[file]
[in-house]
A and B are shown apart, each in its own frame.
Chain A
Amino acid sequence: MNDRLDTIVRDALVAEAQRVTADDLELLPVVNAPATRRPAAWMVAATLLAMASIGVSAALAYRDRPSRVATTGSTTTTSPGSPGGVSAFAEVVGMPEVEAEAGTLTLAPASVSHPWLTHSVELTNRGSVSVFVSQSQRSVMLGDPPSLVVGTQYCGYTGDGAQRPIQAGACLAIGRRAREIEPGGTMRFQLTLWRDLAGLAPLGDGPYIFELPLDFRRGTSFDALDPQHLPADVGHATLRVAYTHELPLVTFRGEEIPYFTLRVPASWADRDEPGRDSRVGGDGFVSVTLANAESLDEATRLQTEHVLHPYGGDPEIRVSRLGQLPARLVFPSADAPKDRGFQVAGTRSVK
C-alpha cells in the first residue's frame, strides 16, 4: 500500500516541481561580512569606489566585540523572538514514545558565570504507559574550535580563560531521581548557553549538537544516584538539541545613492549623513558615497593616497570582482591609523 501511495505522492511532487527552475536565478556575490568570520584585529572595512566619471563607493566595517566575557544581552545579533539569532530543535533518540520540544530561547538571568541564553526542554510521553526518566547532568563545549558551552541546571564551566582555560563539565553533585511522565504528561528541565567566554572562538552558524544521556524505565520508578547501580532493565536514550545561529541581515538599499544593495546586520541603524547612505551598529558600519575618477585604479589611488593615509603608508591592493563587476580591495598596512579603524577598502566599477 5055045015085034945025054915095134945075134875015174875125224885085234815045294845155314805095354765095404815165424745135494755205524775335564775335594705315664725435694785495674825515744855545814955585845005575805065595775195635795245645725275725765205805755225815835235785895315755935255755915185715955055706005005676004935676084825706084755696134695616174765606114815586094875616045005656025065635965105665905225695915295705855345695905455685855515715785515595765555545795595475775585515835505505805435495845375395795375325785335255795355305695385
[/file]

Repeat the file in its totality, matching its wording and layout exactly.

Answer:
[in-house]
A and B are shown apart, each in its own frame.
Chain A
Amino acid sequence: MNDRLDTIVRDALVAEAQRVTADDLELLPVVNAPATRRPAAWMVAATLLAMASIGVSAALAYRDRPSRVATTGSTTTTSPGSPGGVSAFAEVVGMPEVEAEAGTLTLAPASVSHPWLTHSVELTNRGSVSVFVSQSQRSVMLGDPPSLVVGTQYCGYTGDGAQRPIQAGACLAIGRRAREIEPGGTMRFQLTLWRDLAGLAPLGDGPYIFELPLDFRRGTSFDALDPQHLPADVGHATLRVAYTHELPLVTFRGEEIPYFTLRVPASWADRDEPGRDSRVGGDGFVSVTLANAESLDEATRLQTEHVLHPYGGDPEIRVSRLGQLPARLVFPSADAPKDRGFQVAGTRSVK
C-alpha cells in the first residue's frame, strides 16, 4: 500500500516541481561580512569606489566585540523572538514514545558565570504507559574550535580563560531521581548557553549538537544516584538539541545613492549623513558615497593616497570582482591609523 501511495505522492511532487527552475536565478556575490568570520584585529572595512566619471563607493566595517566575557544581552545579533539569532530543535533518540520540544530561547538571568541564553526542554510521553526518566547532568563545549558551552541546571564551566582555560563539565553533585511522565504528561528541565567566554572562538552558524544521556524505565520508578547501580532493565536514550545561529541581515538599499544593495546586520541603524547612505551598529558600519575618477585604479589611488593615509603608508591592493563587476580591495598596512579603524577598502566599477 5055045015085034945025054915095134945075134875015174875125224885085234815045294845155314805095354765095404815165424745135494755205524775335564775335594705315664725435694785495674825515744855545814955585845005575805065595775195635795245645725275725765205805755225815835235785895315755935255755915185715955055706005005676004935676084825706084755696134695616174765606114815586094875616045005656025065635965105665905225695915295705855345695905455685855515715785515595765555545795595475775585515835505505805435495845375395795375325785335255795355305695385